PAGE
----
Synopses & Reviews
Gaines's signal achievement is that he skillfully has placed this narrative in the broad context of black internationalism. . . . Gaines has demonstrated how the expatriate experience is linked to the expansive history of antiracist and anticolonial thought and practice in the African diaspora. He has written a book that is indispensable for a complete grasp of that history." Journal of American History
This book gives unprecedented insight into both the promise and the challenge of Pan-Africanism.
Brent Hayes Edwards, author of The Practice of Diaspora: Literature, Translation, and the Rise of Black Internationalism Gaines's book is groundbreaking in many respects providing ample evidence to challenge contemporary nationalist notions of diaspora.
Robin D. G. Kelley, Columbia University He has written a book that is indispensable for a complete grasp of that history.
The Journal of American History In American Africans in Ghana, Kevin Gaines offers a richly detailed portrait of the community that gathered in Ghana around Nkrumah.
New York Review of Books Gaines has written an excellent and important book.
When Ghana became one of the first sub-Saharan African nations to gain independence from colonial rule in 1957, hundreds of African Americansincluding Martin Luther King Jr., George Padmore, Malcolm X, Maya Angelou, Richard Wright, Pauli Murray, and Muhammed Alivisited or settled in Ghana. Gaines explains what attracted these expatriates to Ghana and how their new community was shaped by the convergence of the Cold War, the rise of the U.S. civil rights movement, and the decolonization of Africa.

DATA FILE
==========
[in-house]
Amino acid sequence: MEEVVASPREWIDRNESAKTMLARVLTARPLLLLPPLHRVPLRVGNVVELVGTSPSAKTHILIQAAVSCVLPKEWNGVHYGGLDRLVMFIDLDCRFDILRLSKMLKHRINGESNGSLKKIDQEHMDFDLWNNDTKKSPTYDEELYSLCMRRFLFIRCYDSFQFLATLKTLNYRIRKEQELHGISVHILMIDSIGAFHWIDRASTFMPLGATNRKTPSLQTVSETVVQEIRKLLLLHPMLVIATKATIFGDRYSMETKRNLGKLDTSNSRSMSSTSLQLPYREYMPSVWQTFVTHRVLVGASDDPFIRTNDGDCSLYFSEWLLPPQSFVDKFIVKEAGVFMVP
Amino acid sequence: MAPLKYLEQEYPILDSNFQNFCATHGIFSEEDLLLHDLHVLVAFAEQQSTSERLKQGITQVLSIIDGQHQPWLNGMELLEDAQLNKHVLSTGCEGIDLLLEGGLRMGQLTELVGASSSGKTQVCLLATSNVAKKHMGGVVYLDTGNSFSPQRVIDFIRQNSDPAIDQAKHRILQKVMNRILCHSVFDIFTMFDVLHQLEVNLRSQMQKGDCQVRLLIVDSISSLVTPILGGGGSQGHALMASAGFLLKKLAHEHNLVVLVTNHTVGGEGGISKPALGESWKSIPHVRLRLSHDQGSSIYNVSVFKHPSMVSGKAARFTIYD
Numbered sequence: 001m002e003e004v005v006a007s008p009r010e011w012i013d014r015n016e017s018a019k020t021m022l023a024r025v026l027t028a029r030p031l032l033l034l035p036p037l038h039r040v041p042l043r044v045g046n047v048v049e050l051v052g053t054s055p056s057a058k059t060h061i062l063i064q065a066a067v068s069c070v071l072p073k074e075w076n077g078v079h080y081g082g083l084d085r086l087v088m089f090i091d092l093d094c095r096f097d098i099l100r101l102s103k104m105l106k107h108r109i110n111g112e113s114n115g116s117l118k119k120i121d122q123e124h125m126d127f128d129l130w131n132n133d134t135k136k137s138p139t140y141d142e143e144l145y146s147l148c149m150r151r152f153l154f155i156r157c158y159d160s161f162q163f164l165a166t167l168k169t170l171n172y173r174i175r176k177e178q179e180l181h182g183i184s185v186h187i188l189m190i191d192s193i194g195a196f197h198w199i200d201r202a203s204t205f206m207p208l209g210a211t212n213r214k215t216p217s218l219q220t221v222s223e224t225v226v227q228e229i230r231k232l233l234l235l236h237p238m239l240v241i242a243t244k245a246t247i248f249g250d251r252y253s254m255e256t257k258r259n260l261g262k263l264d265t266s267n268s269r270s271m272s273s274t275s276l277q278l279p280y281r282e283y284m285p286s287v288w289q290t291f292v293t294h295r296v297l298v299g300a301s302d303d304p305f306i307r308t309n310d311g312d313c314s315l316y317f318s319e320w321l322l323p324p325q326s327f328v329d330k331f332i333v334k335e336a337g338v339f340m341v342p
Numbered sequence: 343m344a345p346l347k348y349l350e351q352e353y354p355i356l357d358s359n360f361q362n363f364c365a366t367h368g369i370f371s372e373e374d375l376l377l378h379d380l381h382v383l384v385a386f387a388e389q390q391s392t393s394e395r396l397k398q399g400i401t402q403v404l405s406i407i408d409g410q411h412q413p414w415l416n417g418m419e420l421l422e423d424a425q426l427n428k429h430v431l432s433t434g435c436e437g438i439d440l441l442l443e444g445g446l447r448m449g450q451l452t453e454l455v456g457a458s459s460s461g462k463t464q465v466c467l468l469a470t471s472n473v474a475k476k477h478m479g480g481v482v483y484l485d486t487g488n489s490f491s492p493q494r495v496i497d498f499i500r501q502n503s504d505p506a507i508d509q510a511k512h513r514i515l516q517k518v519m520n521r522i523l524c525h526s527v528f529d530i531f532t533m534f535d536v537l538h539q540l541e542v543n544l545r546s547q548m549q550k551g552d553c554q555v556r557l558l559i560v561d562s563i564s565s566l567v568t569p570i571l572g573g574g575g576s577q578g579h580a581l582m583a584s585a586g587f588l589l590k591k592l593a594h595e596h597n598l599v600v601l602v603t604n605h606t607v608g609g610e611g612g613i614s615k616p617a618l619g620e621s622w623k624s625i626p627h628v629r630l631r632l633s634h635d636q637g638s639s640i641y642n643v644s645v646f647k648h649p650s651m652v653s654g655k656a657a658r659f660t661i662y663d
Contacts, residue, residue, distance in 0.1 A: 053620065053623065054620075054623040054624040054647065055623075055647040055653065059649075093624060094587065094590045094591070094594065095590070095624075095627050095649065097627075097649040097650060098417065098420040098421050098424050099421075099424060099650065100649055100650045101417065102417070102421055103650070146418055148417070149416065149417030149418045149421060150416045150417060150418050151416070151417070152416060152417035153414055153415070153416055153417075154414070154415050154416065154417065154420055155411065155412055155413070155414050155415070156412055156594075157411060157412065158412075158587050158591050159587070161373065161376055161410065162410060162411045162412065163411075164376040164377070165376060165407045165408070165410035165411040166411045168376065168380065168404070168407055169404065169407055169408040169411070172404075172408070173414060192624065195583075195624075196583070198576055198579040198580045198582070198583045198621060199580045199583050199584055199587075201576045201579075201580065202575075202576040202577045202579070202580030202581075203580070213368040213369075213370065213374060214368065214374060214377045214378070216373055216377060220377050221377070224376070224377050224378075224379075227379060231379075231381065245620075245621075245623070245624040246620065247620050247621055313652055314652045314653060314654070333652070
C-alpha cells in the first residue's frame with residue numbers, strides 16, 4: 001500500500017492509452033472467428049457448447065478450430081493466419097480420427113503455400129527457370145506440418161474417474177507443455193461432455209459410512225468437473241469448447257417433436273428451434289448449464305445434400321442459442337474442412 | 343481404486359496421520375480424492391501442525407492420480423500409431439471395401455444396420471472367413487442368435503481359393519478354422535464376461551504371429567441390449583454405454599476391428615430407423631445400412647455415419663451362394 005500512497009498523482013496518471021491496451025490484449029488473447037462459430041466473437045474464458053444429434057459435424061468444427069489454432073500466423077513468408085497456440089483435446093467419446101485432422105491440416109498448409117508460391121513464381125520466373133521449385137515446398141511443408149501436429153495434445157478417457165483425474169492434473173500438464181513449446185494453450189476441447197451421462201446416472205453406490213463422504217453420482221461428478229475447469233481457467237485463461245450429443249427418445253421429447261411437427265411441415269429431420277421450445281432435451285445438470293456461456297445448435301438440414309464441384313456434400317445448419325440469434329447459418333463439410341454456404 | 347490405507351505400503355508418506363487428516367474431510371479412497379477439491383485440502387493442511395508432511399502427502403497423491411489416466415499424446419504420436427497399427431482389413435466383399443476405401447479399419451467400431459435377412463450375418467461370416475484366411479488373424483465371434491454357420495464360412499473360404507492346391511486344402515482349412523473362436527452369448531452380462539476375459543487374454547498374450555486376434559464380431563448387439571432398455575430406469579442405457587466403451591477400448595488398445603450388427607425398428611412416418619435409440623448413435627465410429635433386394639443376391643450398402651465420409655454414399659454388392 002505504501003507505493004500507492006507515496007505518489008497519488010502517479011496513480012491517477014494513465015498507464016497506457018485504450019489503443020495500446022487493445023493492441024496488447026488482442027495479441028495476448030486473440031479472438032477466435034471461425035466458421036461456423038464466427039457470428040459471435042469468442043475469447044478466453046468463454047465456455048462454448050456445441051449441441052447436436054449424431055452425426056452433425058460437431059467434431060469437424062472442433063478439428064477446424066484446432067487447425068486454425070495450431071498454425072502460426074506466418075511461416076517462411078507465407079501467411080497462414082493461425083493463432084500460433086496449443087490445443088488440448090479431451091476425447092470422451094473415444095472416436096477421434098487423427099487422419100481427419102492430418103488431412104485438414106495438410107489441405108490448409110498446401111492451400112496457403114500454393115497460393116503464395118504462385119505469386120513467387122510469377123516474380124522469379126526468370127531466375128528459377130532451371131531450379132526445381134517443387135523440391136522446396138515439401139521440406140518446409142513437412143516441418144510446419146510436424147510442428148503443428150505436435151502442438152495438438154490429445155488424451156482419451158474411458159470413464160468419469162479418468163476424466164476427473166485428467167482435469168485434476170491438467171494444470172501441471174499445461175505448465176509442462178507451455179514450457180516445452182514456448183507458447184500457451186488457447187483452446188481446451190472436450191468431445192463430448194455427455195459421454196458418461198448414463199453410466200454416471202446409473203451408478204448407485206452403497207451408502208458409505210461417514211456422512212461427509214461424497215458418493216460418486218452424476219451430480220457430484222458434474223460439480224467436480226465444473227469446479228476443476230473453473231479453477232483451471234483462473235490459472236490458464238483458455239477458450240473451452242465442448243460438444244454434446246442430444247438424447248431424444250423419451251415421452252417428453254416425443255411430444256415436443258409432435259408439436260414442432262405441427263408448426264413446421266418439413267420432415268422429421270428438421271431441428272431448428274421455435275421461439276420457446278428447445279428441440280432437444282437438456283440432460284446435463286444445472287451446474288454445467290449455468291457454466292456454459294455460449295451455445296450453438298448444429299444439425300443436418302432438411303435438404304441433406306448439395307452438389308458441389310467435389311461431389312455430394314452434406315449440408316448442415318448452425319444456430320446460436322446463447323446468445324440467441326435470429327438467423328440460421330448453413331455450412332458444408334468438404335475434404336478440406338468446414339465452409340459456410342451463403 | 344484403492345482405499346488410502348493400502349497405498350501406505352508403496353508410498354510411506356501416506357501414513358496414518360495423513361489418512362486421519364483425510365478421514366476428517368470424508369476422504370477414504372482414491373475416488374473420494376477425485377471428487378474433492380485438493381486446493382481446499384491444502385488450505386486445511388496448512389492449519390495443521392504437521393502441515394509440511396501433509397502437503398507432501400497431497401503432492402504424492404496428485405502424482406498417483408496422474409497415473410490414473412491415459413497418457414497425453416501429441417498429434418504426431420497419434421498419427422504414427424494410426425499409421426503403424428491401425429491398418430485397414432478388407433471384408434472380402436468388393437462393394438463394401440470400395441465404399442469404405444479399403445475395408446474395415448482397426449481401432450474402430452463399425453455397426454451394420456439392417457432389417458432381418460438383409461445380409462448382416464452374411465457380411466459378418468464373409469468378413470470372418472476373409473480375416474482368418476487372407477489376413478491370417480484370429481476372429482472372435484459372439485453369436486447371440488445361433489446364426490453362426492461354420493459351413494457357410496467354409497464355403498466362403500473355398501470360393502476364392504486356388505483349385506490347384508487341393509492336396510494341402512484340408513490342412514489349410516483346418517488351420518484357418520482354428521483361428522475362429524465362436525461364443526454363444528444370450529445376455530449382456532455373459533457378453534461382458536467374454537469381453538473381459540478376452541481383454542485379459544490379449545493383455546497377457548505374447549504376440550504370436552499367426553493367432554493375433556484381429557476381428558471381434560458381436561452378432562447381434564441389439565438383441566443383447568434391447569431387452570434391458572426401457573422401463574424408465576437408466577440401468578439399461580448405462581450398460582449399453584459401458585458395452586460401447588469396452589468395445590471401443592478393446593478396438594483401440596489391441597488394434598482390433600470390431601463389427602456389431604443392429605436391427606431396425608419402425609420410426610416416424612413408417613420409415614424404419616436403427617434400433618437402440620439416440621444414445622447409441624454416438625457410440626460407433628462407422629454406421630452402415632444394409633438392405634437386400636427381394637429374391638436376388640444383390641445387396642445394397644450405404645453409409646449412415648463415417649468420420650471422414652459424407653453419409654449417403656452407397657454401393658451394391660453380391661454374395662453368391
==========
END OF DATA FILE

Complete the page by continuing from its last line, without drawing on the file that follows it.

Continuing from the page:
In 1957 Ghana became one of the first sub-Saharan African nations to gain independence from colonial rule. Over the next decade, hundreds of African Americans--including Martin Luther King Jr., George Padmore, Malcolm X, Maya Angelou, Richard Wright, Pauli Murray, and Muhammed Ali--visited or settled in Ghana. Kevin K. Gaines explains what attracted these expatriates to Ghana and how their new community was shaped by the convergence of the Cold War, the rise of the U.S. civil rights movement, and the decolonization of Africa.
Posing a direct challenge to U.S. hegemony, Kwame Nkrumah, Ghana's president, promoted a vision of African liberation, continental unity, and West Indian federation. Although the number of African American expatriates in Ghana was small, in espousing a transnational American citizenship defined by solidarities with African peoples, these activists waged along with their allies in the United States a fundamental, if largely forgotten, struggle over the meaning and content of the formal American citizenship conferred on African Americans by civil rights reform legislation.
About the Author
Kevin K. Gaines is director of the Center for Afroamerican and African Studies and professor of history at the University of Michigan. He is author of the award-winning Uplifting the Race: Black Leadership, Politics, and Culture during the Twentieth Century, also from The University of North Carolina Press.